The Tribune Democrat, Johnstown, PA

State News

September 19, 2013

State in brief 9/20/201

Ligonier resident convicted of killing 2

GREENSBURG – A jury has convicted a Ligonier man of killing a couple after he went to their home to buy marijuana.

Eric Hall, 30, acknowledged going to the home but said he didn’t kill Anthony Henderson and Noelle Richards in Washington Township on Aug. 28, 2011. Instead, Hall said he discovered their dead bodies and got rid of his bloody clothes and a gun like that used to shoot the couple simply because he didn’t want to get involved.

But Westmoreland County District Attorney John Peck convinced the jury to convict Hall of first- and second-degree murder late Thursday.

Other witnesses said Hall threatened them with a baseball bat as they saw him flee the residence as the others also arrived to buy drugs. Peck said Hall also had bludgeoned Henderson with the bat.

Man gets 21 years for recording child sex

PITTSBURGH – A Westmoreland County man has been sentenced to 21 years in federal prison for pleading guilty to secretly video recording his sexual assault of an 8-year-old girl in 2009.

But Timothy Eugene Shearer, 55, of Avonmore, could face more time if he’s convicted next month in Westmoreland County of 17 charges that he molested and exposed himself to the same girl and a 4-year-old boy.

A federal judge in Pittsburgh ordered that all but six years of the 21-year sentence imposed Wednesday will run concurrent to any state sentence Shearer receives. That means Shearer will spend six years in federal prison after he finishes any state sentence.

Federal authorities filed the child pornography charge after Shearer’s relatives last year found a tape labeled “Wildlife 3” that contained the assault on the girl.

Police issue DUI to man on riding mower

MURRYSVILLE – A western Pennsylvania man has been charged with driving drunk while carrying an open can of beer – on a riding lawn mower.

Murrysville police say they found 55-year-old Thomas Marrone driving the mower along a road shortly before

1:30 a.m. Aug. 30.

Police said Marrone smelled of alcohol and had an open can of Coors Light beer in the mower’s storage compartment. They said he told them he was driving to his Murrysville home – some 6.4 miles away.

Test case on 911 calls, evictions set for trial

PHILADELPHIA – A federal judge on Thursday ordered a trial to decide whether towns can force the eviction of tenants who make too many 911 calls, a national test case pitting free speech rights against community safety concerns.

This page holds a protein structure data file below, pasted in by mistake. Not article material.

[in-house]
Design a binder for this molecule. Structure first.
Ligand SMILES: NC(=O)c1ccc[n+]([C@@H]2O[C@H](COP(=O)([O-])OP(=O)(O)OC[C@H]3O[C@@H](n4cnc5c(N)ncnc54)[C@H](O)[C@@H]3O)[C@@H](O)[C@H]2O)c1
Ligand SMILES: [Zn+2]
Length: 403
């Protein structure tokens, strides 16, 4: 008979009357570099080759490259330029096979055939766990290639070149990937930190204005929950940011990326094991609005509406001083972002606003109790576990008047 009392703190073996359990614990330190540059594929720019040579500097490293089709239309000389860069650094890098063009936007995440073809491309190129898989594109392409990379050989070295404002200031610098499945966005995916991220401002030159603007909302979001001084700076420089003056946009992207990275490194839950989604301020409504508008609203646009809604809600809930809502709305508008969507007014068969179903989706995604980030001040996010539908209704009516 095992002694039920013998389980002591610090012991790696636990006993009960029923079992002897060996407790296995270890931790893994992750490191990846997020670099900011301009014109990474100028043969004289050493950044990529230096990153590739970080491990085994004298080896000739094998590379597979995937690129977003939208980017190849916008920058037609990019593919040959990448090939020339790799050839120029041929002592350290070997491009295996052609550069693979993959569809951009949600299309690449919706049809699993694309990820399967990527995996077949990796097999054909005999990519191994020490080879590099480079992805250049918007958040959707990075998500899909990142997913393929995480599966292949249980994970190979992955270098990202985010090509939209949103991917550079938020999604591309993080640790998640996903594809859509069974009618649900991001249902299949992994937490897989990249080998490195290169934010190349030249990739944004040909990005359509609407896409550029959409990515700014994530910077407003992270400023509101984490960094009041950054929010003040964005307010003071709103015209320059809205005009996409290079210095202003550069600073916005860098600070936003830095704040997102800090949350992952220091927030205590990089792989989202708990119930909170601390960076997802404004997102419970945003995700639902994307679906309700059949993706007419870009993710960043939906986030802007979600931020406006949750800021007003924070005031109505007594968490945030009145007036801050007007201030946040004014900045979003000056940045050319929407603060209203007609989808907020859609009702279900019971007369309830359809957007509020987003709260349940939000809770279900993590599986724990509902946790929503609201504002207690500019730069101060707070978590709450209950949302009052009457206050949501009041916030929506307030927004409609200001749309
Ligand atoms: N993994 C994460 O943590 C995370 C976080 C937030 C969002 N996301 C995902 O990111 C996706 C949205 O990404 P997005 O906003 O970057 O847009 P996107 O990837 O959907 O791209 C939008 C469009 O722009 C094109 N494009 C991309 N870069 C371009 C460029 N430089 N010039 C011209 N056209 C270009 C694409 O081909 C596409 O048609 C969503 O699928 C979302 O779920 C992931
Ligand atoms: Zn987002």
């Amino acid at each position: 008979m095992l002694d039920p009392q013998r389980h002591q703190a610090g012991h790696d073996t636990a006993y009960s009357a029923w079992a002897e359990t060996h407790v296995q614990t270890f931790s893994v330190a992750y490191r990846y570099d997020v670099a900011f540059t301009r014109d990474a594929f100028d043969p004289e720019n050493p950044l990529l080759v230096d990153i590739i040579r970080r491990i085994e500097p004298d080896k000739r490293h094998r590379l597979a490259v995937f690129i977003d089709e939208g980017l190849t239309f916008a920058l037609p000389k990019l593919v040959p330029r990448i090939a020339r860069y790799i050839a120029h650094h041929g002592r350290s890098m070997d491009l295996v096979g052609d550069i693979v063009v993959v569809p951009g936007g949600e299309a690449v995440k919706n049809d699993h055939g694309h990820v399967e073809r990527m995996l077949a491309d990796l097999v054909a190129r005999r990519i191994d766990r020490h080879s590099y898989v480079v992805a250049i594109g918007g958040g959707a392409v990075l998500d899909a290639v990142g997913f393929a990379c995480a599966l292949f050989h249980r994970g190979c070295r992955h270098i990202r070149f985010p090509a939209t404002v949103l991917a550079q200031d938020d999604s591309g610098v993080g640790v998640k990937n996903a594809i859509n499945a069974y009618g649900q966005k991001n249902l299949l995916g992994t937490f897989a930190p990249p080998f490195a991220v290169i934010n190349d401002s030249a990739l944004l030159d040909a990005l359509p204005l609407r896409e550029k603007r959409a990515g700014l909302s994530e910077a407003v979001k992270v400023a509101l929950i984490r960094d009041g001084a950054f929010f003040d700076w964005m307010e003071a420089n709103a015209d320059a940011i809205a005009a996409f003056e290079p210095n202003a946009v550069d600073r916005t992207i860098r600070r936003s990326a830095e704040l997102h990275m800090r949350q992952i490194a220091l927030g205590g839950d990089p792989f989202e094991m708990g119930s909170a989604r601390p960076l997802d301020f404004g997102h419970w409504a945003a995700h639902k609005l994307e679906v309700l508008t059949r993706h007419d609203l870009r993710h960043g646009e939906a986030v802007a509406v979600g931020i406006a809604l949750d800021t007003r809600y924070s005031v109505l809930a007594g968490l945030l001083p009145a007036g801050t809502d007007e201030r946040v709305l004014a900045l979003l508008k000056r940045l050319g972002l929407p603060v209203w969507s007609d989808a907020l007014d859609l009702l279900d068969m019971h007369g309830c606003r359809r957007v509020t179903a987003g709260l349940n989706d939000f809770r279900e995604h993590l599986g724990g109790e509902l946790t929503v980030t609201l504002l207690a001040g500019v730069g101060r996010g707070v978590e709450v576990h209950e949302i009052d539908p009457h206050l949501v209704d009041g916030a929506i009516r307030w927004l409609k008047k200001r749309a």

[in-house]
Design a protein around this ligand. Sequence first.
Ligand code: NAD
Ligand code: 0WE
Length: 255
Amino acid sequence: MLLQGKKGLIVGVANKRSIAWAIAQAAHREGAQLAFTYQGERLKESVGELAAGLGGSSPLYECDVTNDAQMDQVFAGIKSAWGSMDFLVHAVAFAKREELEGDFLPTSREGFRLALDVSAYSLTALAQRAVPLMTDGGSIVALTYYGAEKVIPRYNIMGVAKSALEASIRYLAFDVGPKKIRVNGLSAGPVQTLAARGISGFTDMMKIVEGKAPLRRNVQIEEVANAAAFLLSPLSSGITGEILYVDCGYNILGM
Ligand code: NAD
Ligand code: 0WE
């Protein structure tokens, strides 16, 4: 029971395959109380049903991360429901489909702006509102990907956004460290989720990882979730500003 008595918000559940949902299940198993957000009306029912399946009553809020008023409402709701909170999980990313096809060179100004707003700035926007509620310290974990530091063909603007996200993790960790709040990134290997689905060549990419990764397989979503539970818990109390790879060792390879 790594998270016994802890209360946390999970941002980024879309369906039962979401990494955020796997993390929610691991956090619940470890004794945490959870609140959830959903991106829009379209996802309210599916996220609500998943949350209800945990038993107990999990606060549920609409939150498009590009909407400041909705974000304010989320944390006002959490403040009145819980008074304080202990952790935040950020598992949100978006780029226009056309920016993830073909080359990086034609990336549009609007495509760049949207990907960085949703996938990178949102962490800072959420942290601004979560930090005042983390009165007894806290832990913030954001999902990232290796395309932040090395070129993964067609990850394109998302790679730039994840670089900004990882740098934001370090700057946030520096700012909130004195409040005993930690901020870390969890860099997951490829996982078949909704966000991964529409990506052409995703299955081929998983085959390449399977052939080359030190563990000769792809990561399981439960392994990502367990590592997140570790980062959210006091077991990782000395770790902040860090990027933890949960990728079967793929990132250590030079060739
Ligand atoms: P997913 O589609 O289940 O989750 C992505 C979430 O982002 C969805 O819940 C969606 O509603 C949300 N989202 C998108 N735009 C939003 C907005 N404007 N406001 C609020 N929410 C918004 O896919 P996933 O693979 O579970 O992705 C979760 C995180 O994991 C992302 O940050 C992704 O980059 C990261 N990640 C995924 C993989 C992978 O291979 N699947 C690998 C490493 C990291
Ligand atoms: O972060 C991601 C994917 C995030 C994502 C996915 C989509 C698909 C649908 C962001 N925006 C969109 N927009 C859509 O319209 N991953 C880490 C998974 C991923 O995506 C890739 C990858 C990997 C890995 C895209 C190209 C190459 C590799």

U.S. District Judge Eduardo Robreno said he expects the “complex and novel” case to reach a federal appeals court.

The American Civil Liberties Union believes the laws endanger domestic violence victims and violate their free-speech rights. The group’s Women’s Rights Projects had been looking for a test case and found one in nursing assistant Lakisha Briggs, a single mother living in a rowhouse in Norristown under a federal subsidized rent program.

An ordinance in the Philadelphia suburb fines landlords and orders them to evict tenants who make three 911 calls within four months. Norristown officials say the laws are designed to promote peaceful neighborhoods and discourage nuisance calls.

After a series of police calls involving arguments with her 21-year-old daughter and others, Briggs was afraid to call police during an attack by an ex-boyfriend last year. A neighbor eventually called, over Briggs’ protests, and the severely injured Briggs was airlifted to a hospital.

“This woman was being battered in her home and was silenced,” Peter M. Smith, a private lawyer working with the ACLU, argued Thursday.

Judge approves plan to fix Hbg. finances

HARRISBURG – A Pennsylvania judge said Thursday that she will approve a plan to help rescue the state’s capital from the brink of bankruptcy.

Commonwealth Court Judge Bonnie Leadbetter made the remark after a two-hour hearing on the plan assembled by the state-appointed financial custodian for Harrisburg.

Harrisburg receiver William Lynch submitted the plan last month in a bid to relieve hundreds of millions of dollars of debt and erase the city’s persistent budget shortfalls. It involves selling the city’s municipal trash incinerator, whose $350 million debt the city is unable to repay.

Leadbetter called the plan “the best chance I think this city has seen in a long time,” an important stamp of approval going forward, though not all of elements of the sprawling deal have been finalized.

Wife sues airline after hubby’s ashes vanish

PHILADELPHIA – A suburban Philadelphia woman is suing US Airways, saying her husband’s ashes disappeared from her luggage as she flew to England to bury them in his hometown of Hull.

Angeline O’Grady’s husband, Brian, died of cancer in October 2011. She was flying his ashes to England the following month when she said the Transportation Security Administration told her she couldn’t take the ashes through security at Philadelphia International Airport.

O’Grady said she was directed to the US Airways counter and put the ashes in her checked luggage. The Trumbauersville woman said the ashes were missing when she touched down in England.


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What is the biggest key to reducing gun violence in Johnstown?

Tackling the area's drug problem.
Controlling folks moving into city housing.
Monitoring folks in treatment centers and halfway houses.
Tougher sentencing by the court system.
More police on the streets.

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